Abstract Fault isolation based on data-driven approaches usually assume the abnormal event data will be formed into a new operating region, measuring the differences between normal and faulty states to identify the faulty variables. In practice, operators intervene in processes when they are aware of abnormalities occurring. The process behavior is nonstationary, whereas the operators are trying to bring it back to normal states. Therefore, the faulty variables have to be located in the first place when the process leaves its normal operating regions. For an industrial process, multiple normal operations are common. On the basis of the assumption that the operating data follow a Gaussian distribution within an operating region, the Gaussian mixture model is employed to extract a series of operating modes from the historical process data. The local statistic T2 and its normalized contribution chart have been derived for detecting abnormalities early and isolating faulty variables in this article. © 2009 American Institute of Chemical Engineers AIChE J, 2010 [source]


Mary H. Nichols
ABSTRACT: The climate of Southern Arizona is dominated by summer precipitation, which accounts for over 60 percent of the annual total. Summer and non-summer precipitation data from the USDA-ARS Walnut Gulch Experimental Watershed are analyzed to identify trends in precipitation characteristics from 1956 to 1996. During this period, annual precipitation increased. The annual precipitation increase can be attributed to an increase in precipitation during non-summer months, and is paralleled by an increase in the proportion of annual precipitation contributed during non-summer months. This finding is consistent with previously reported increases in non-summer precipitation in the southwestern United States. Detailed event data were analyzed to provide insight into the characteristics of precipitation events during this time period. Precipitation event data were characterized based on the number of events, event precipitation amount, 30-minute event intensity, and event duration. The trend in non-summer precipitation appears to be a result of increased event frequency since the number of events increased during nonsummer months, although the average amount per event, average event intensity, and average event duration did not. During the summer "monsoon" season, the frequency of recorded precipitation events increased but the average precipitation amount per event decreased. Knowledge of precipitation trends and the characteristics of events that make up a precipitation time series is a critical first step in understanding and managing water resources in semiarid ecosystems. [source]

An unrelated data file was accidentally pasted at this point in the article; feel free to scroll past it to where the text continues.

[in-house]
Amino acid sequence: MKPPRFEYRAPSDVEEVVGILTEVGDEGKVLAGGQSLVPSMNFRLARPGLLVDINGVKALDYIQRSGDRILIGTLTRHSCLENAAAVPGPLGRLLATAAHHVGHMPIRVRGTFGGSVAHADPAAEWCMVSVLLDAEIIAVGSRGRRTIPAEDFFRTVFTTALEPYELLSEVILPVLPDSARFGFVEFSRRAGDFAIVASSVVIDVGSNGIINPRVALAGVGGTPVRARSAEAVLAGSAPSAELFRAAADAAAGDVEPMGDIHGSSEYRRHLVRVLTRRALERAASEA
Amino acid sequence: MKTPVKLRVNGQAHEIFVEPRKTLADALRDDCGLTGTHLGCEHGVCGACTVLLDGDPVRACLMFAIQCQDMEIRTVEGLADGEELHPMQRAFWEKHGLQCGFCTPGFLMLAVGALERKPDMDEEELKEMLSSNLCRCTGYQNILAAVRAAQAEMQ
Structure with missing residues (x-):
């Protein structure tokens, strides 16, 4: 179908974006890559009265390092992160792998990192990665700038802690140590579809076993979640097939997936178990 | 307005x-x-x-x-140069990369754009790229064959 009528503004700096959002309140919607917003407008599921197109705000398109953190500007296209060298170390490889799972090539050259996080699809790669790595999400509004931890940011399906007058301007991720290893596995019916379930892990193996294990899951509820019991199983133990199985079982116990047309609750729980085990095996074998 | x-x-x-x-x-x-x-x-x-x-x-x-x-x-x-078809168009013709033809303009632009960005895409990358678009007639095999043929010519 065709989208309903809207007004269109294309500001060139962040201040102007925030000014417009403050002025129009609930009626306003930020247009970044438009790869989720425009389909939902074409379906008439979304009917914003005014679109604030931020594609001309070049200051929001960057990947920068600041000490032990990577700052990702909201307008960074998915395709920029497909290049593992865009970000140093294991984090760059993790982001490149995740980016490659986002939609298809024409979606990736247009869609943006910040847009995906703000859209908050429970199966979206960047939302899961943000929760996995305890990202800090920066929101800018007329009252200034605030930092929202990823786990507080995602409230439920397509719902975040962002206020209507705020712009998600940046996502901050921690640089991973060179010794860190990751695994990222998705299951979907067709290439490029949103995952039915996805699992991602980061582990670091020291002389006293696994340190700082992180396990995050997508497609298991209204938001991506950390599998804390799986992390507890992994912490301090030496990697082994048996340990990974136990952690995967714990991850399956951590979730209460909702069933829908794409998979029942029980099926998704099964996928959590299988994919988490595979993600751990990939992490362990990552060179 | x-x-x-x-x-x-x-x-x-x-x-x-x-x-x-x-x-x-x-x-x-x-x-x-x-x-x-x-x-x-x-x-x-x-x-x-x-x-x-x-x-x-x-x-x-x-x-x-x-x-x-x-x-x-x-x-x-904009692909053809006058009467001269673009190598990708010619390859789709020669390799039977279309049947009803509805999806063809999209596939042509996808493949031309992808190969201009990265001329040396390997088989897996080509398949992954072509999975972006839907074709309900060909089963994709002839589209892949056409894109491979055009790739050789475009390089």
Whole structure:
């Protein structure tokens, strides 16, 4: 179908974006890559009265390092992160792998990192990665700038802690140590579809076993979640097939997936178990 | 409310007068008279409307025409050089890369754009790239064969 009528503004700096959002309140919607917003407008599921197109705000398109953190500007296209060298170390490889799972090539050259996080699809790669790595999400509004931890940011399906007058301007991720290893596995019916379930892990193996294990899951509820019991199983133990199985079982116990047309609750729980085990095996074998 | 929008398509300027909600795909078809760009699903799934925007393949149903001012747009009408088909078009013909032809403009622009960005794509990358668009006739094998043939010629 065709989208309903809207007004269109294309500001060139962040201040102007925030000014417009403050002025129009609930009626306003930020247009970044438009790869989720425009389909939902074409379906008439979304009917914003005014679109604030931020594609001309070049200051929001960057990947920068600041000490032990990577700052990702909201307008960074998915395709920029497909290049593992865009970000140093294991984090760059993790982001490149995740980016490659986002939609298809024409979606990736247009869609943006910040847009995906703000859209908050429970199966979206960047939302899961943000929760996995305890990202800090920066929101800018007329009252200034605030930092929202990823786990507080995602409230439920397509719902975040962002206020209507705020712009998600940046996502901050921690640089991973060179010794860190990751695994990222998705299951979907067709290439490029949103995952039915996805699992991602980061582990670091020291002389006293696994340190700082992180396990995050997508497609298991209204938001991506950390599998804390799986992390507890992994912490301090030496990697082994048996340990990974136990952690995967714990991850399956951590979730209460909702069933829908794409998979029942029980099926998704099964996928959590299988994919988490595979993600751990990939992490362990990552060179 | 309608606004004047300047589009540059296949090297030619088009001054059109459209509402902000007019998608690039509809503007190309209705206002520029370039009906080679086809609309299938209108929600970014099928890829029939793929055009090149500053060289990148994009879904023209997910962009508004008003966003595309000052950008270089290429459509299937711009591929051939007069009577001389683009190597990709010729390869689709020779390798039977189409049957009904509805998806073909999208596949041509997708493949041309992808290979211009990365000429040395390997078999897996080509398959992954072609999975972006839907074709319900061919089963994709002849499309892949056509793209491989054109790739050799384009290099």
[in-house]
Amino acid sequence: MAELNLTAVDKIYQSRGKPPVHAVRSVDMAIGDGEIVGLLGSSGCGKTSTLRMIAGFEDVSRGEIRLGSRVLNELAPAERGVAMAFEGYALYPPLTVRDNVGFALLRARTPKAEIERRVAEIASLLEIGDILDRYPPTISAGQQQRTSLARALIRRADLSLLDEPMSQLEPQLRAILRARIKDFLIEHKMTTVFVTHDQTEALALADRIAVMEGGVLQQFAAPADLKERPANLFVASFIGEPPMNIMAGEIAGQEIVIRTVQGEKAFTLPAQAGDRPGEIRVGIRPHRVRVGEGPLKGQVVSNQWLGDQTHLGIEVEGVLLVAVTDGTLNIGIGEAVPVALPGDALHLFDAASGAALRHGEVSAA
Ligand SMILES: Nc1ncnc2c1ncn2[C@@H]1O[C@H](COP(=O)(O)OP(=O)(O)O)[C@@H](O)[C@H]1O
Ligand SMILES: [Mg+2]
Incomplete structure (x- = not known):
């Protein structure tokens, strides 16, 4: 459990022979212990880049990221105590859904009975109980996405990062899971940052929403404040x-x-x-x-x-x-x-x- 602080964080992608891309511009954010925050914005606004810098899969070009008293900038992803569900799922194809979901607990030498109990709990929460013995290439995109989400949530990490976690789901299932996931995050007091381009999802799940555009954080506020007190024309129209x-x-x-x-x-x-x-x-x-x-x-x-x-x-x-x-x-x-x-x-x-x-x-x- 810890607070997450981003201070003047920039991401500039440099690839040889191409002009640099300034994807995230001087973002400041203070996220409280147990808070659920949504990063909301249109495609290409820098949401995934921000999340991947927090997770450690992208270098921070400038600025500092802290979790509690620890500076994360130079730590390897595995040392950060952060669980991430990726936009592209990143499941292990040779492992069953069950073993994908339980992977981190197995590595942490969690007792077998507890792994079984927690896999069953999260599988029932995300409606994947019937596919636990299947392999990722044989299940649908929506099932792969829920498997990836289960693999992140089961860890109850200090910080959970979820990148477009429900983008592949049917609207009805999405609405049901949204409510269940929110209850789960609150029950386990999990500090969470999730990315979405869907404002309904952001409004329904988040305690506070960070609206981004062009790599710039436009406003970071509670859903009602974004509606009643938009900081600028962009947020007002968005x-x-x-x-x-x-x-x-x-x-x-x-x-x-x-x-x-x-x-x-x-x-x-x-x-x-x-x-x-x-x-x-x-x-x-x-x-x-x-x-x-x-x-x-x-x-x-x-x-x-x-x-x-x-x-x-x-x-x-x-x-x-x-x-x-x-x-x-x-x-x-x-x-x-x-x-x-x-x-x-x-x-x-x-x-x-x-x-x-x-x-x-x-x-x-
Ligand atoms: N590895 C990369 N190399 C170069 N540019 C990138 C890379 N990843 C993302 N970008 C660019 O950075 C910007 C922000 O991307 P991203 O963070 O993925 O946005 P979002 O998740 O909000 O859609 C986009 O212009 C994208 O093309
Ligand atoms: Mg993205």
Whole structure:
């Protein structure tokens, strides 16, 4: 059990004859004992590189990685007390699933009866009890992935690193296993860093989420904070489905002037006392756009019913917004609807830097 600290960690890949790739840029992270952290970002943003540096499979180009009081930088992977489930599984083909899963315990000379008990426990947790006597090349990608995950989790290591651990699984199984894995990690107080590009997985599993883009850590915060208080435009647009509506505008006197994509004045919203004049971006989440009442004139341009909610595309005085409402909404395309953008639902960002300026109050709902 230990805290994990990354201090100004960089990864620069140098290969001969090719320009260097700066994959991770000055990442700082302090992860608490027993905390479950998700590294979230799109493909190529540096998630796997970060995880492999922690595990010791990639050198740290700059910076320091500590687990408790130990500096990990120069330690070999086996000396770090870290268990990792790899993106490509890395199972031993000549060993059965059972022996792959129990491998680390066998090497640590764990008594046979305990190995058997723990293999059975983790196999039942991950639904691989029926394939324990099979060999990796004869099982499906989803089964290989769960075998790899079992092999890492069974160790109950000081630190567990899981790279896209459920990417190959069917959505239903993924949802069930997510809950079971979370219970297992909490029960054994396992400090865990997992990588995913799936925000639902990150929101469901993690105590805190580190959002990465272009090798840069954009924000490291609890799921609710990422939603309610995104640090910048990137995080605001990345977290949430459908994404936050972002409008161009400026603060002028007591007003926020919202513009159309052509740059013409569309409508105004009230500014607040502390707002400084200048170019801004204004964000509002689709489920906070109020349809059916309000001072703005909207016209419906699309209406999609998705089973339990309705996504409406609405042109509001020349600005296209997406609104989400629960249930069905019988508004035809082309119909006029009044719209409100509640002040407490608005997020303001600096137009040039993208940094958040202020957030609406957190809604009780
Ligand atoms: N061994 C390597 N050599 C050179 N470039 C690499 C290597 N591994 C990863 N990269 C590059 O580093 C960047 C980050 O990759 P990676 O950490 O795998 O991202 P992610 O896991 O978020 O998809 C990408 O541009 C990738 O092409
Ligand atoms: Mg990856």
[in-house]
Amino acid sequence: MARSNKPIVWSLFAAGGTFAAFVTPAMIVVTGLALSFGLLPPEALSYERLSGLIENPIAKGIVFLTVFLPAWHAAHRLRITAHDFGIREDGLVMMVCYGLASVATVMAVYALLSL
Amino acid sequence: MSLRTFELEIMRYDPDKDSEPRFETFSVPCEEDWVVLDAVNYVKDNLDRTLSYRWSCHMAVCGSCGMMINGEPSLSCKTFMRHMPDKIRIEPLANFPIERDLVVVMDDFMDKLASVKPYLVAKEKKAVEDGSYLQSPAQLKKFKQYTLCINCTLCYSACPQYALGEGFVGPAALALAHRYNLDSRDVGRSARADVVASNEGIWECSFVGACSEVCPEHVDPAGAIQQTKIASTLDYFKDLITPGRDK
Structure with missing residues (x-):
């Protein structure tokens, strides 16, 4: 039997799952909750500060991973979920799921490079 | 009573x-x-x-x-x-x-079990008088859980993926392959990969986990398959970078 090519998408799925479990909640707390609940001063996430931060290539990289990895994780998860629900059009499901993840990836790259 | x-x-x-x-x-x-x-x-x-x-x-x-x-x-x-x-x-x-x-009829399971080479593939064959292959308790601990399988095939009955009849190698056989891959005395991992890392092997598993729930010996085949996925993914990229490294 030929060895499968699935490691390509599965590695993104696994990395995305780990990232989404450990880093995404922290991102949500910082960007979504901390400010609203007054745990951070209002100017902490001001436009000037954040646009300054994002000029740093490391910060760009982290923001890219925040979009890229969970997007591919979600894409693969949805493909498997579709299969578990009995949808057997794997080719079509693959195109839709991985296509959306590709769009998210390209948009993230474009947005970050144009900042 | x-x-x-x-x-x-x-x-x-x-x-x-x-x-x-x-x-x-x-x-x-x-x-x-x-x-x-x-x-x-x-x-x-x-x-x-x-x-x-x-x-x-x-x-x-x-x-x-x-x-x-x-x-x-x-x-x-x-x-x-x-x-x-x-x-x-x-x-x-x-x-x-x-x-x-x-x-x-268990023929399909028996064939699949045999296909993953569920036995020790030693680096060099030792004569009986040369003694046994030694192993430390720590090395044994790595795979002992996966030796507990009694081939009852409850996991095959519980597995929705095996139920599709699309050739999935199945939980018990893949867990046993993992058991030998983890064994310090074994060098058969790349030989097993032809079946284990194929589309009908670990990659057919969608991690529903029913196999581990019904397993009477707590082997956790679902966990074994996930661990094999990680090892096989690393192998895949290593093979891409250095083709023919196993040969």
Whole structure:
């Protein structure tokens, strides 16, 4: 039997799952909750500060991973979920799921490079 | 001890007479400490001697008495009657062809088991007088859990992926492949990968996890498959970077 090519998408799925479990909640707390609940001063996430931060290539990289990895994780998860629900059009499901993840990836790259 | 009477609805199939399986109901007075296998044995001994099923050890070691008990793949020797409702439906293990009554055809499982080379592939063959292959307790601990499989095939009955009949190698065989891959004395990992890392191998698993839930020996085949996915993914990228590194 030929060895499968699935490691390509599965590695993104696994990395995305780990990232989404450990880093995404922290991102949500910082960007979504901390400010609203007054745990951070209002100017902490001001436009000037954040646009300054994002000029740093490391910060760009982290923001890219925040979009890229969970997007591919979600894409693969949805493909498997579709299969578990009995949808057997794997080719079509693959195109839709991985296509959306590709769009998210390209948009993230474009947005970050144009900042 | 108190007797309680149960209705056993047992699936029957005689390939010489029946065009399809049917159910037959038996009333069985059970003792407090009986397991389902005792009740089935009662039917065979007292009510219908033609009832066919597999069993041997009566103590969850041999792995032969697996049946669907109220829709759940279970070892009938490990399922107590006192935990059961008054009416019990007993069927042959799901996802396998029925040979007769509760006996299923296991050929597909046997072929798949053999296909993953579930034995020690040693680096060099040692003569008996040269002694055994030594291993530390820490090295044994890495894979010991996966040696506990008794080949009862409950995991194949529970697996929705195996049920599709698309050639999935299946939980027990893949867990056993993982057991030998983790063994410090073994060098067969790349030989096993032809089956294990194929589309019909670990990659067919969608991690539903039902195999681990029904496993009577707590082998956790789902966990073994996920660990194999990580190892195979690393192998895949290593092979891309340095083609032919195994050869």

Developing tools for the safety specification in risk management plans: lessons learned from a pilot project,

Andrew J. P. Cooper BSc
Abstract Purpose Following the adoption of the ICH E2E guideline, risk management plans (RMP) defining the cumulative safety experience and identifying limitations in safety information are now required for marketing authorisation applications (MAA). A collaborative research project was conducted to gain experience with tools for presenting and evaluating data in the safety specification. This paper presents those tools found to be useful and the lessons learned from their use. Methods Archive data from a successful MAA were utilised. Methods were assessed for demonstrating the extent of clinical safety experience, evaluating the sensitivity of the clinical trial data to detect treatment differences and identifying safety signals from adverse event and laboratory data to define the extent of safety knowledge with the drug. Results The extent of clinical safety experience was demonstrated by plots of patient exposure over time. Adverse event data were presented using dot plots, which display the percentages of patients with the events of interest, the odds ratio, and 95% confidence interval. Power and confidence interval plots were utilised for evaluating the sensitivity of the clinical database to detect treatment differences. Box and whisker plots were used to display laboratory data. Conclusions This project enabled us to identify new evidence-based methods for presenting and evaluating clinical safety data. These methods represent an advance in the way safety data from clinical trials can be analysed and presented. This project emphasises the importance of early and comprehensive planning of the safety package, including evaluation of the use of epidemiology data. Copyright © 2008 John Wiley & Sons, Ltd. [source]